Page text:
However, after a brief absence that included the closings of Louis’ multiple Hillbilly Tea locations, including one in Shanghai, he has returned. The revived Hillbilly Tea Tavern will have a static menu yet still offers some crowd favorites and expand the biscuit offerings.

Hillbilly Tea has a variety of custom organic tea blends and even a grown-up drink menu where tea becomes part of the cocktail offerings.

The new location is in close proximity to the old, just around the corner at 106 W. Main St. With a more reliable format, Hillbilly Tea returns to a fan base saddened by the shuttering of the old place. The new Hillbilly Tea should satisfy those fans.

Louisville Tea Company
9305 New LaGrange Rd.
Located at 9305 New LaGrange Road in Louisville’s east end, the Louisville Tea Company is hidden in a small strip of stores between a laundromat and the Corner Café. Inside is a treasure for any serious tea drinker. Owners Nick and Nicolette Spears wanted to make buying high quality loose-leaf tea easier.

“My first job while I was in high school was at a loose-leaf tea shop in Phoenix. When I moved here in 2010, I couldn’t believe that there wasn’t more tea. So, we decided to bring these high-end teas to Louisville to share this whole world of flavor,” says Nicolette.

The world of tea can be confusing to navigate, she admits, suggesting that new tea drinkers should talk to a local teashop owner, “someone that will not just try to sell you something, but someone who can answer all of your questions.”

She suggests that familiar flavors for the tea novice might be the perfect entryway into the world of tea.

“For the best taste and highest quality, always choose a loose-leaf tea vs. a teabag. As far as what teas to begin with, just start with flavors you know. If you know you like cinnamon, maybe start with a chai. Or if you like fruity flavors, maybe start with a mango or berry tea.”

With an extensive tea menu, the shop is dense with teas including rare and expensive items. The shop also includes all the apparatus needed to prepare tea and plenty of tea-related gift items.

To help educate their clientele, Nicolette and her sister Sophia post vlogs on YouTube sharing topics related to tea. “Since there is so much to know about tea and there are many questions out there, we have created a video blog to help. My sister Sophia and I post a new video every Tuesday with The Tea Sisters,” she says.

This presents new tea drinkers and more experienced tea aficionados a way to deepen their enjoyment of tea.

“Once you are comfortable with using loose-leaf, the flavor profile opens up even more as you get into traditional teas that have no additional flavorings,” Nicolette continues. “These are more like tasting wines. You can get everything from a bold and smoky Golden Monkey to light sweet and floral Ti Kuan Yin.”

Sisters Tea Parlor & Boutique
4765 Fox Run Road
If you think tea parties are limited to little girls, Sisters Tea Parlor & Boutique(4765 Fox Run Road) will prove you wrong. Situated in Oldham County, Sisters offers traditional tea service seven days a week, and hosts many special events ranging from “Mary Poppins High Tea” to “Doctor Who High Tea” throughout the year. (Look for “Jane Austen High Tea” and “Girls and Dolls Tea Party” coming this August.) They also host bridal teas and showers, etiquette classes and Alice in Wonderland tea and princess parties in their private dining room.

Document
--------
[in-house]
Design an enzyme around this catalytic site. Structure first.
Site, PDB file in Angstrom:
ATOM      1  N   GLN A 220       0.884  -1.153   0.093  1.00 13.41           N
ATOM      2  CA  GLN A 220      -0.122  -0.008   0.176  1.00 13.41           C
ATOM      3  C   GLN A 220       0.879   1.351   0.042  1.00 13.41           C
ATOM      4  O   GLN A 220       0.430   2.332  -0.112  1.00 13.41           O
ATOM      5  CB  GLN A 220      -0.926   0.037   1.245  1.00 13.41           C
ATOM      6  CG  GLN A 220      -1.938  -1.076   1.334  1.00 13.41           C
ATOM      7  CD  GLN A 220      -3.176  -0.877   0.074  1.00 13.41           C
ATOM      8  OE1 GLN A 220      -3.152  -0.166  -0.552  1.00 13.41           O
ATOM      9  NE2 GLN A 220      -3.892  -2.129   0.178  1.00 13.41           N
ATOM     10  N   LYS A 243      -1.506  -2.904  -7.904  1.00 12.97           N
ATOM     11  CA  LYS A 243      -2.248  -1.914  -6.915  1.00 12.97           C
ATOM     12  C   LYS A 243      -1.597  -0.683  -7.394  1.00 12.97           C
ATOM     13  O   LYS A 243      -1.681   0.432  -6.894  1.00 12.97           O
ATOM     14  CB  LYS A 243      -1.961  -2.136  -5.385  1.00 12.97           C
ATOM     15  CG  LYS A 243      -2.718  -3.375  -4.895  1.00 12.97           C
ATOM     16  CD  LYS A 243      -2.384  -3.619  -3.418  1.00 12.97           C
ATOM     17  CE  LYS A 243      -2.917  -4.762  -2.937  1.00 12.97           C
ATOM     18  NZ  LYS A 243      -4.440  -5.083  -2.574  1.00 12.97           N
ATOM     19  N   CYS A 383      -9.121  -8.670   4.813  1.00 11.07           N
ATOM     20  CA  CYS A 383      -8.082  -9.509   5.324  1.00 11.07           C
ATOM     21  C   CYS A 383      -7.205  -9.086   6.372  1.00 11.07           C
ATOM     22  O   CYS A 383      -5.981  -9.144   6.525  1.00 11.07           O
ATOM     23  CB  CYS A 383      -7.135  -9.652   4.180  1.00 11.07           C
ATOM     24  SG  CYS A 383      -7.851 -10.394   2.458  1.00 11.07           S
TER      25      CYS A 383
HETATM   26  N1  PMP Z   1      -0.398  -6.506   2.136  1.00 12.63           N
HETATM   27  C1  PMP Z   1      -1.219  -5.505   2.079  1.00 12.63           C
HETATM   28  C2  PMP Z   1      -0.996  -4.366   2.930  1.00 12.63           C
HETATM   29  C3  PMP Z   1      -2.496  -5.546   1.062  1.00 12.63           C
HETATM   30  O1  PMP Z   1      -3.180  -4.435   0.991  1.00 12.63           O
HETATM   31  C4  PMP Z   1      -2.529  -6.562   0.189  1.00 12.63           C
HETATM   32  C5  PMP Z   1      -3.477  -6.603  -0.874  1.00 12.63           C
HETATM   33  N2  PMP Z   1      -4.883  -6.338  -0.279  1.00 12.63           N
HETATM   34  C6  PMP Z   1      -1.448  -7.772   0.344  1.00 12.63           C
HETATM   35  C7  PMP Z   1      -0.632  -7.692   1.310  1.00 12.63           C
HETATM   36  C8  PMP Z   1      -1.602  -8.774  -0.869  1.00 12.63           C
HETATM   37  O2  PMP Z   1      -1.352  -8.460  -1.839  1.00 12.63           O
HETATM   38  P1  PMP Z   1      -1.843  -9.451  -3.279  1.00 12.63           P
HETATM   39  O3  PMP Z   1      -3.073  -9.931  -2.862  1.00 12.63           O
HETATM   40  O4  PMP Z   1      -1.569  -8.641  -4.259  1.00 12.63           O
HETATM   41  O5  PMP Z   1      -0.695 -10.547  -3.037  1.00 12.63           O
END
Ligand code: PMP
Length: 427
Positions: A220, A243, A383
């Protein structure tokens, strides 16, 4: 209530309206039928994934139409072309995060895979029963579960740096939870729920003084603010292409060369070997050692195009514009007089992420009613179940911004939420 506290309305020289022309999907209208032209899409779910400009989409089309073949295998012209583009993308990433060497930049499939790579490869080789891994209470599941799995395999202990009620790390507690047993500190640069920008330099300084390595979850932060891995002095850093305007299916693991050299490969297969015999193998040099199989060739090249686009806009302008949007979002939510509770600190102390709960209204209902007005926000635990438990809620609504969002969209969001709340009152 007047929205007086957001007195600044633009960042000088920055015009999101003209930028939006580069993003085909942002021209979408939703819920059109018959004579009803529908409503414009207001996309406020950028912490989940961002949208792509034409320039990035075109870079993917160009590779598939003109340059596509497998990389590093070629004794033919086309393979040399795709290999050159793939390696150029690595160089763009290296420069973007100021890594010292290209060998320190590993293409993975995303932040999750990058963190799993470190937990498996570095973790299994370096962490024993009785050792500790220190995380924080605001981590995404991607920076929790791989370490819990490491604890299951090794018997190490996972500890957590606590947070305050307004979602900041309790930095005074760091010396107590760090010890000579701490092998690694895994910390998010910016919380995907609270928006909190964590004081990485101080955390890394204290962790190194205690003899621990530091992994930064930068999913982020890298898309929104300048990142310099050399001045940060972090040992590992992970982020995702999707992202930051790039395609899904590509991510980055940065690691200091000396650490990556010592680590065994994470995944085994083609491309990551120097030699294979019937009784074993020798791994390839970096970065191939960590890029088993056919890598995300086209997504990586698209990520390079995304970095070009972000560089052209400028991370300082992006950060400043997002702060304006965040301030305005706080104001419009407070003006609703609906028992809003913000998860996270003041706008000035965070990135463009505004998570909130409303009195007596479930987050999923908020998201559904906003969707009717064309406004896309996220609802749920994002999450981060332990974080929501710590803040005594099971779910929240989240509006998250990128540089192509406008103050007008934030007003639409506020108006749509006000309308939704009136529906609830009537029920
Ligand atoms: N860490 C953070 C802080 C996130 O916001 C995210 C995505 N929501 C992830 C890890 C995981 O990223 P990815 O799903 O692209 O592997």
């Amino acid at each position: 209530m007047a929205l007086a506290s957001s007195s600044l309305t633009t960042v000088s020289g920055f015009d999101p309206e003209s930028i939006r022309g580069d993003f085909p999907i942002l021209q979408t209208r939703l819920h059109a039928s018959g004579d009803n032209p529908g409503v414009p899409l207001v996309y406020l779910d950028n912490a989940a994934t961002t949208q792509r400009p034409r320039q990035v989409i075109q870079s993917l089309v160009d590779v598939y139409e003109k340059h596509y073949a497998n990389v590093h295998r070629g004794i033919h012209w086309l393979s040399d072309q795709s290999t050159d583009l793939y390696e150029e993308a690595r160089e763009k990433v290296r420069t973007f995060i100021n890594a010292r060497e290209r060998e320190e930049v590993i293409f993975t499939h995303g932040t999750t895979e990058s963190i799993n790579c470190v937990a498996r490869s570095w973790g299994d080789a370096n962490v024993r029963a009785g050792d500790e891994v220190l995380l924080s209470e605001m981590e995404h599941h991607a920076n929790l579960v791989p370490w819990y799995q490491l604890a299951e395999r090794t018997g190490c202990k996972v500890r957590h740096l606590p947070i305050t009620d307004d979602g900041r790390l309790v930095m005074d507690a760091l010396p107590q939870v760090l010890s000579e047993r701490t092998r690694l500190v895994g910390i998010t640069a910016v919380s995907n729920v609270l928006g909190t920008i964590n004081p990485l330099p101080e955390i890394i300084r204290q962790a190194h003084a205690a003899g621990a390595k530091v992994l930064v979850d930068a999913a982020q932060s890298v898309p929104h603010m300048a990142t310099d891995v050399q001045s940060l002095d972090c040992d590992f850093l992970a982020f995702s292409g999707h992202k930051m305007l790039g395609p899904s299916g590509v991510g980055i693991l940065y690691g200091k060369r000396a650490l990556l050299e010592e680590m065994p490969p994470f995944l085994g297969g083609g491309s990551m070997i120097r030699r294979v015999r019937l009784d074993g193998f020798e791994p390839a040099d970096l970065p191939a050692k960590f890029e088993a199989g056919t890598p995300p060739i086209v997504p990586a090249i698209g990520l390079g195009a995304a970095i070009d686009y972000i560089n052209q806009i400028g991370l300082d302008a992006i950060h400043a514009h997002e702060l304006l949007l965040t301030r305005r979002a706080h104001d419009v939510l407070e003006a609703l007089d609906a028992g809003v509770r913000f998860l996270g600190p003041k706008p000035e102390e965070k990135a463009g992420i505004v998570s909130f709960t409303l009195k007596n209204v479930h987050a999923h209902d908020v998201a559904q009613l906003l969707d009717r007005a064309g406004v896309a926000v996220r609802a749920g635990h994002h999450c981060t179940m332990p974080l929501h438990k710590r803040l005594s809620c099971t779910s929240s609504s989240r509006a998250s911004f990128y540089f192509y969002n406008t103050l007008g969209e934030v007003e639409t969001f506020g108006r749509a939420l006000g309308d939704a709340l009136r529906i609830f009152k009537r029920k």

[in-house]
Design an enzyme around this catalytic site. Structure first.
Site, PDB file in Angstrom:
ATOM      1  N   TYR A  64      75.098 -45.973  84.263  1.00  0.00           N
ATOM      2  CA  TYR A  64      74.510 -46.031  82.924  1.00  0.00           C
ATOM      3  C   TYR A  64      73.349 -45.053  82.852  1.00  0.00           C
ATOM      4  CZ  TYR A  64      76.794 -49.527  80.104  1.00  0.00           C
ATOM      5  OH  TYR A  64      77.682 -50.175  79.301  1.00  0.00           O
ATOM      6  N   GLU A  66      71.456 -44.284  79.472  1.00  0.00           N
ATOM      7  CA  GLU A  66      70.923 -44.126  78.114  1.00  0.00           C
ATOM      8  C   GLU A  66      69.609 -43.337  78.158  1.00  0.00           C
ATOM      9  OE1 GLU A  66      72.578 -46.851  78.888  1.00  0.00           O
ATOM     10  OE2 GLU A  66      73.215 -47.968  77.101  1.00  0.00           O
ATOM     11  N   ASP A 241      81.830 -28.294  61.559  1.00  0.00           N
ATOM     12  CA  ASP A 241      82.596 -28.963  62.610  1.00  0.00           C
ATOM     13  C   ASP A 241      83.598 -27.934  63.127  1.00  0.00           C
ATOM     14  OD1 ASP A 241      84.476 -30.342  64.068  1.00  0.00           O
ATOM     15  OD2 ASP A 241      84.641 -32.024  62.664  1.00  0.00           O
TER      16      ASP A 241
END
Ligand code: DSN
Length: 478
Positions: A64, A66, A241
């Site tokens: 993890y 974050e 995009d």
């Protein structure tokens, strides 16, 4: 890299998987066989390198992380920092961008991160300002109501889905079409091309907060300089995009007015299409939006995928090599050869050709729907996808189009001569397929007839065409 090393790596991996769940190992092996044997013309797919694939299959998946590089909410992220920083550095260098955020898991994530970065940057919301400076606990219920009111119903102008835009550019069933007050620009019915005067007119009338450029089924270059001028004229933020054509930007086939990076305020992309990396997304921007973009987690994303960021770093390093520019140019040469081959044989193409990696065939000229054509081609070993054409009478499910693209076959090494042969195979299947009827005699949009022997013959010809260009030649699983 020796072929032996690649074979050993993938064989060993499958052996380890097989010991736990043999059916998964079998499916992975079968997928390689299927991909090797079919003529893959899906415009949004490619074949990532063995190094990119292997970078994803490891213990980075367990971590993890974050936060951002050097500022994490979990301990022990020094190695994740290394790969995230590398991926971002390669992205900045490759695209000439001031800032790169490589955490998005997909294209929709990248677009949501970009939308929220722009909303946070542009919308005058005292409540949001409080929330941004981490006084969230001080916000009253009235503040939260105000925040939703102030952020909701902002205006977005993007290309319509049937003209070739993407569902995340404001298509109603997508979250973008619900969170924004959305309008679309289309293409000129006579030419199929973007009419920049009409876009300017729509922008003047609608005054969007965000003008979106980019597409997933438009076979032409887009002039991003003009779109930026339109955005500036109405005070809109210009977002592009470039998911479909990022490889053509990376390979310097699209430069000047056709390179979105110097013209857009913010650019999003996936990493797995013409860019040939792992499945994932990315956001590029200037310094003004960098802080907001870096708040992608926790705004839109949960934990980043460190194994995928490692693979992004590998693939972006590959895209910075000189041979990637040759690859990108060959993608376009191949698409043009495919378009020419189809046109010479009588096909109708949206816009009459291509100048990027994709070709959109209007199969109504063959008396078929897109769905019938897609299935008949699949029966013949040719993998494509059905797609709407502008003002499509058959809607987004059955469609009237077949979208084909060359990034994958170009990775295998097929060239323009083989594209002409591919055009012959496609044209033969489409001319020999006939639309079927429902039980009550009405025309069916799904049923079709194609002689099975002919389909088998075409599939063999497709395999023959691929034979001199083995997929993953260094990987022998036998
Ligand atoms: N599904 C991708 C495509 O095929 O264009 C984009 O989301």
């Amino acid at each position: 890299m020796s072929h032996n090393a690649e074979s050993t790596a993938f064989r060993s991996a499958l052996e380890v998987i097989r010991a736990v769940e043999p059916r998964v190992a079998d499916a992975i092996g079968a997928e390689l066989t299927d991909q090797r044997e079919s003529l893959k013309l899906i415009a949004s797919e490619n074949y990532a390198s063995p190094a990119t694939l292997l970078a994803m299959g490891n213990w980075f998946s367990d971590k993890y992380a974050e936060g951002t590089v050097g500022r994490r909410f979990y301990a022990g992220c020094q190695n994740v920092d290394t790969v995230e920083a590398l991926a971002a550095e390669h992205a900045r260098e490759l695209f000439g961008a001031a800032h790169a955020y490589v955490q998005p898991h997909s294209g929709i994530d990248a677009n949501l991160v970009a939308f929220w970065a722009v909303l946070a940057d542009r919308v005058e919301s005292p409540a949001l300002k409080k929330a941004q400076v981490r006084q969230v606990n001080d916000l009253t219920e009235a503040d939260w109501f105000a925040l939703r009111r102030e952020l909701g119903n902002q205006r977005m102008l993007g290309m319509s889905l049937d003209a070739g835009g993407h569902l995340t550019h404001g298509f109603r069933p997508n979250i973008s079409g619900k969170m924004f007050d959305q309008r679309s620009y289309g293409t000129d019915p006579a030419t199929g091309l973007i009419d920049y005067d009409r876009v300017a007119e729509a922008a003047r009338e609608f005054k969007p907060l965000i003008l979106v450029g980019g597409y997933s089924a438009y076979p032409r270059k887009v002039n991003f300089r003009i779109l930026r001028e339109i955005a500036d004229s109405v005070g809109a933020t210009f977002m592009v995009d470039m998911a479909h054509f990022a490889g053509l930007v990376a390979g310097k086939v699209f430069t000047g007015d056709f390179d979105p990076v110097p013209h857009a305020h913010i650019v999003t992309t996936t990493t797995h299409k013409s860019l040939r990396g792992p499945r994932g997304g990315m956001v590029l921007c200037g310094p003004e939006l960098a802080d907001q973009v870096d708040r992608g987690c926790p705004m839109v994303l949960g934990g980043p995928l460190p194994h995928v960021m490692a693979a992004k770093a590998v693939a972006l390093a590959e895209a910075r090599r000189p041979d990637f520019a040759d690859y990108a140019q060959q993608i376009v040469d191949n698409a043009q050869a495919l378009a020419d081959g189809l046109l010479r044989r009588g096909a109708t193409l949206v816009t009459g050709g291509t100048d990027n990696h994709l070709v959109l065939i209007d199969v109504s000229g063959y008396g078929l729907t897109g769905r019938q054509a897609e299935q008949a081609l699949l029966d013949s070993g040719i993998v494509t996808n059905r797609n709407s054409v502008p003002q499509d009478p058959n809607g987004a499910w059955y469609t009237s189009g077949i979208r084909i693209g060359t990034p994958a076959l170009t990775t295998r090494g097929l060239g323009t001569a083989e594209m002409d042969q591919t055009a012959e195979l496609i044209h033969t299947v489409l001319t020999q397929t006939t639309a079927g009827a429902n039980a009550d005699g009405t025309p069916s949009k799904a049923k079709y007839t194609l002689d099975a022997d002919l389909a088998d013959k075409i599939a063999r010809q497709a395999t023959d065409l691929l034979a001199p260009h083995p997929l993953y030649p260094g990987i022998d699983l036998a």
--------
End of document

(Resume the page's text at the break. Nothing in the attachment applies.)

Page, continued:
Sisters began as Sisters Gift Shop in 2002. Owner, Connie Young wanted to open a gift shop specifically for women. After opening her shop, she felt something was missing. Memories of afternoon teas with her grandmother inspired her to open a tea room with her daughter, Lori Crowe. The mother-daughter team expanded the gift shop to include two dining rooms and a private party room, as well as an updated boutique. Diners can now browse through the shop, which sells everything from teapots to baby gifts to jewelry and loose leaf teas.

What makes Sisters so special is its attention to detail—from the festive, decorative dining rooms, to the dainty china, and delicate food. It’s not just about drinking tea, but about experiencing tea and all its grandeur. Despite the elaborate place settings and formal décor, Sisters maintains a fun, whimsical environment. Guests are invited to dress-up at a vanity area filled with hats, gloves and costume jewelry.

Further, they are encouraged to linger, lounge and laugh while enjoying bottomless pots of tea with names like “Paris in a Teacup” and “Buckingham Palace Garden Party.” Menus change seasonally and guests may order tiered trays filled with traditional tea fare such as scones, lemon curd, tea sandwiches and sweets.

Reservations are highly recommended.

Erica is a professional freelance copywriter and technical editor. Her work has appeared in LEO Weekly, The Guide, Foxy Digitalis, Insider Louisville and Norton Healthcare's Get Healthy magazine. You can follow Erica on Twitter @ericarucker, but beware of honesty, activist outrage and nerdy live-tweeting.